‘The Matter of Memory’
in Simon Linington: La La Land
William Bennington Gallery, London
La La Land was published on the occasion of Simon Linington’s solo-exhibition of the same name at William Bennington Gallery (28 February - 13 April 2019)
The publication was conceived to explore Linington’s new exhibition and previous three solo shows as a developing series, featuring a short story by Simon Linington and an in-conversation with artist William Mackrell.
In response to Linington’s work, I was commissioned to write an essay on his recent work, choosing to focus on the themes of memory and materiality that are integral to his practice and continue to feature as salient subjects in his ongoing work.
Edition of 50
Designed by Mingo Mingo Studio
Produced by George Marsh
Published by William Bennington Gallery
Printed in London, 2019
“For his show at Castor Projects in March 2018, Simon sought to transmute the space itself into the essence of his work. Foregoing his distinctive glass vials, Simon wrenched a sizeable portion of the gallery ceiling straight out, casting the microscopic rubble it produced in long rectangular screens of transparent rubber. Once more including detritus from the now amassing prologue of salvaged exhibition matter, the varied scale of its constituent debris at points blistered and pierced the jellied surface, evoking a seraphic landscape that was both cellular and solar—the kind of cerebral dissonance that is just as captivating as it is elusive, enveloping the mind like a daydream or a fever. These were works that became material enactions of the role of memory in time—of what Simon calls ‘the story’. They expressed a philosophy of time not rooted in scientific measurements, relativity or quantum mechanics, but a vibrant, material consciousness of being; what Bergson would call élan vital, a concept translated worldwide as “vital impulse.”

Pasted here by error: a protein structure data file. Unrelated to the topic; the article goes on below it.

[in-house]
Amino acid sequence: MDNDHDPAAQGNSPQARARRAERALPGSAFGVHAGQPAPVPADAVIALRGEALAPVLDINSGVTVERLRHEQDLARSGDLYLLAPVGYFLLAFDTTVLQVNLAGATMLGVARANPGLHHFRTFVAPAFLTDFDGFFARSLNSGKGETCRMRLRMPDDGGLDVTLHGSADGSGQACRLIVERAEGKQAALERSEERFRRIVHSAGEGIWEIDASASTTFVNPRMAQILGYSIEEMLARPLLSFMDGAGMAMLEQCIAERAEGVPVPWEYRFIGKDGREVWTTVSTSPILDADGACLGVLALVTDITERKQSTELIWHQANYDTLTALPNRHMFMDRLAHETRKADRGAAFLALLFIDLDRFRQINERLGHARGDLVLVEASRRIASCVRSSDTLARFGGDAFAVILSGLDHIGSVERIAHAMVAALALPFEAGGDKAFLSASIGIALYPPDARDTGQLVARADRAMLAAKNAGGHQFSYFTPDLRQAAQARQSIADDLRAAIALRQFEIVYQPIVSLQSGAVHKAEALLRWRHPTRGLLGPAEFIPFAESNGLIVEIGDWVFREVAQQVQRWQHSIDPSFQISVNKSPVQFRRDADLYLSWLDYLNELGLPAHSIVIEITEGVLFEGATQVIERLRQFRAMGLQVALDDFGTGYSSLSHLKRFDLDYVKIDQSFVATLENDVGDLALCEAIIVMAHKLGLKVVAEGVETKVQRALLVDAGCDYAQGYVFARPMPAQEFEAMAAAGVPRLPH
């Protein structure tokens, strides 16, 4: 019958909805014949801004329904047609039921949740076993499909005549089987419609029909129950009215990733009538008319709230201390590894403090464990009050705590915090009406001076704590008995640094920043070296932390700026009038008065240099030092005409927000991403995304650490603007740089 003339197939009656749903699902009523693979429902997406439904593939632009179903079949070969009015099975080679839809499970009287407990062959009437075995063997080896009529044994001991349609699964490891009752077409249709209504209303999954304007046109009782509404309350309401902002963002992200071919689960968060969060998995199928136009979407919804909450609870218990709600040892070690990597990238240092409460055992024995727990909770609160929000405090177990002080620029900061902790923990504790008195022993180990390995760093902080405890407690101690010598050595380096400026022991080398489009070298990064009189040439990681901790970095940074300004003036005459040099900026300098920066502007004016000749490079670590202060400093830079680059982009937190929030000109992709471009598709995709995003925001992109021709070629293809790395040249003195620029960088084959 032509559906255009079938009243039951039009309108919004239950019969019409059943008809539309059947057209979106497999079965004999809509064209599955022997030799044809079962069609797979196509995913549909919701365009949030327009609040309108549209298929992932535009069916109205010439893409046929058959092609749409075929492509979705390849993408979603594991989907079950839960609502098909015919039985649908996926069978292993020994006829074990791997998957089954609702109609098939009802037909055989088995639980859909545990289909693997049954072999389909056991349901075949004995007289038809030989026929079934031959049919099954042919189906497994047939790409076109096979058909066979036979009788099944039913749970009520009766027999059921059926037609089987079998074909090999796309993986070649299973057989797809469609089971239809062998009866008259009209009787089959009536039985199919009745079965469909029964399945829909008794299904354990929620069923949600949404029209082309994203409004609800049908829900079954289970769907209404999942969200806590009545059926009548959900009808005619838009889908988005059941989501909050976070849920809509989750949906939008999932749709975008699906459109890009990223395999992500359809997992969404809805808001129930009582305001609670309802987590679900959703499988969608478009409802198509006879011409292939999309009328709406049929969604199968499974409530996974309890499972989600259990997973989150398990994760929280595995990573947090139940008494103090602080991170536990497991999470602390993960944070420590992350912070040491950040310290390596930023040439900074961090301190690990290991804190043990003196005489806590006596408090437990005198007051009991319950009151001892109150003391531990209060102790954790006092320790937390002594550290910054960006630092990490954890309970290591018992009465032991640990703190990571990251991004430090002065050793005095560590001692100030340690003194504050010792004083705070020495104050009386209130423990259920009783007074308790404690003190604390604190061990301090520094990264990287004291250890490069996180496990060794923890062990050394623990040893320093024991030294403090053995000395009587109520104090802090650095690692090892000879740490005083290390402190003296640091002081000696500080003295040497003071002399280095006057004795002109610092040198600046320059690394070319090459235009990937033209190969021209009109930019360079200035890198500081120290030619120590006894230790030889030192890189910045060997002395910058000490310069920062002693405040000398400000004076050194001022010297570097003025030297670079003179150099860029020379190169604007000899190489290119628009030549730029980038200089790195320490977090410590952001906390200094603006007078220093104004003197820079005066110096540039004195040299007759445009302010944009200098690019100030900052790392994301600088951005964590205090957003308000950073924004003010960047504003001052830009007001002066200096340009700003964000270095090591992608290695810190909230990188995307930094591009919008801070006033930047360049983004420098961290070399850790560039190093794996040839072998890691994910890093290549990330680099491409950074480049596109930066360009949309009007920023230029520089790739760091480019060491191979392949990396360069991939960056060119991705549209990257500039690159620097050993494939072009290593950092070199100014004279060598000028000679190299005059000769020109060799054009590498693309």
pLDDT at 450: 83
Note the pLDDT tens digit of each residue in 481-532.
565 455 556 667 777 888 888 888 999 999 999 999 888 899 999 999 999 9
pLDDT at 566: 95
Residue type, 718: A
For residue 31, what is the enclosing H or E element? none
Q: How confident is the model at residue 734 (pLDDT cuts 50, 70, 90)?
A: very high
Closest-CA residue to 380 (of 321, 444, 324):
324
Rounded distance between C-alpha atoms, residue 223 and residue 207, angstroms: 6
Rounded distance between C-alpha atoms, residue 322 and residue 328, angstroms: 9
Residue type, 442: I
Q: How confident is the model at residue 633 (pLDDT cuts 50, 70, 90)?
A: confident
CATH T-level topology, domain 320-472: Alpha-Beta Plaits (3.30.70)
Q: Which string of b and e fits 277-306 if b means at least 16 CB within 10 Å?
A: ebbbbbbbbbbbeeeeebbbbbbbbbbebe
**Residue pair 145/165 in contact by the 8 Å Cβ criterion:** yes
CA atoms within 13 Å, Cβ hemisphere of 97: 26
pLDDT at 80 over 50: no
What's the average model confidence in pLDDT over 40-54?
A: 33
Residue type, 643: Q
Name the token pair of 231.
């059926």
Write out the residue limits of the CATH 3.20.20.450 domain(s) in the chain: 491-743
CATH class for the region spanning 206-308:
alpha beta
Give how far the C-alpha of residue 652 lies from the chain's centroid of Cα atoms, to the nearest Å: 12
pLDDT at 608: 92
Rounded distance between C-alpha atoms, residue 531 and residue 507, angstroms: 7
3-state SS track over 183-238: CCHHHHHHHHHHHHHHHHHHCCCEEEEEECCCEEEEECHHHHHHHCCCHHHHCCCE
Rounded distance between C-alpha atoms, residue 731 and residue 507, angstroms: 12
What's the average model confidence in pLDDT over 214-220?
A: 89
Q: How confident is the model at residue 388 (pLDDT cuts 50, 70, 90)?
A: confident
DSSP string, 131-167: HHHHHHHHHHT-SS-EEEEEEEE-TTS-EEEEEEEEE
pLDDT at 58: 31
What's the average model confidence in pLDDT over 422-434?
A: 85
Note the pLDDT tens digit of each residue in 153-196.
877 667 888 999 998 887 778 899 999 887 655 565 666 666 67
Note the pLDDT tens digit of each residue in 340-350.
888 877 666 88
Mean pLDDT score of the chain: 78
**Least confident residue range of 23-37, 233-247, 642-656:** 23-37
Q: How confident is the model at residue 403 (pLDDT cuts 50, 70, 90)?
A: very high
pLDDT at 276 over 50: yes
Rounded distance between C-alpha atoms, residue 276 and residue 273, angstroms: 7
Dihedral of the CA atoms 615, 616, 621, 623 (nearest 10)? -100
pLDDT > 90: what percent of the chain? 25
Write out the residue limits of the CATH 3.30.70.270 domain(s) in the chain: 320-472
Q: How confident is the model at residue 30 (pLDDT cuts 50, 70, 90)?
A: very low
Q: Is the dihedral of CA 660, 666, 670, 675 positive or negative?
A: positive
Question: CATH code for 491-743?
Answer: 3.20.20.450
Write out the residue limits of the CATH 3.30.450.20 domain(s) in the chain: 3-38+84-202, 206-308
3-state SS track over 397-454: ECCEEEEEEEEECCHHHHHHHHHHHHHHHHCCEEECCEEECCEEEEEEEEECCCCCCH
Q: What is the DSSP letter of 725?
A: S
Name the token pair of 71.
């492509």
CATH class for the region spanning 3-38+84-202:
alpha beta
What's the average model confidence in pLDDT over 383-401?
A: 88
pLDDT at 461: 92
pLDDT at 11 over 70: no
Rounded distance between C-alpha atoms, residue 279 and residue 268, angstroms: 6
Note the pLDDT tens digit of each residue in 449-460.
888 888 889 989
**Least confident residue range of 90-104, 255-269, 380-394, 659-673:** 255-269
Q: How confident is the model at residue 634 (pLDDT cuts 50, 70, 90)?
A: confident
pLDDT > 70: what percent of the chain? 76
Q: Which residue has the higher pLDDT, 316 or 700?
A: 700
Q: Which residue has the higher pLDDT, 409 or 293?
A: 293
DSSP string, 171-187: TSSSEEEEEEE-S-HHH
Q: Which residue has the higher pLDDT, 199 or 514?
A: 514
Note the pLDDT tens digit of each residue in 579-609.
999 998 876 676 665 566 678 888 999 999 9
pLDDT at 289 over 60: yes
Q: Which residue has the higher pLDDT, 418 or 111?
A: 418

Just like Bergson’s prism of consciousness, each of Simon’s recent shows has chosen to deploy its materials through the ellipsis of memory. Whilst remaining dynamic, processual and forward-thinking, there endures a cone of memory both spiraloid and vertiginous, erupting in dizzying fashion through his modest and humble works. It is here that Simon’s practice accrues a wealth of unique and bashful affectation. As it stands his projects will continue to materially configure themselves through their precursors: stratifications of dirt, plaster or rubber will be aligned as much by their current surroundings as they will be the surroundings of previous locations. Simon’s overall process is like that of a dying star, which although fugitive at its core continues to radiate light through its duration in time, all the way to the glistening twilights that we experience on Earth. It is one that carries with it its own memory, as we do through our own lives—and one that will continue to burgeon and flourish beyond its singular expressions in the future.”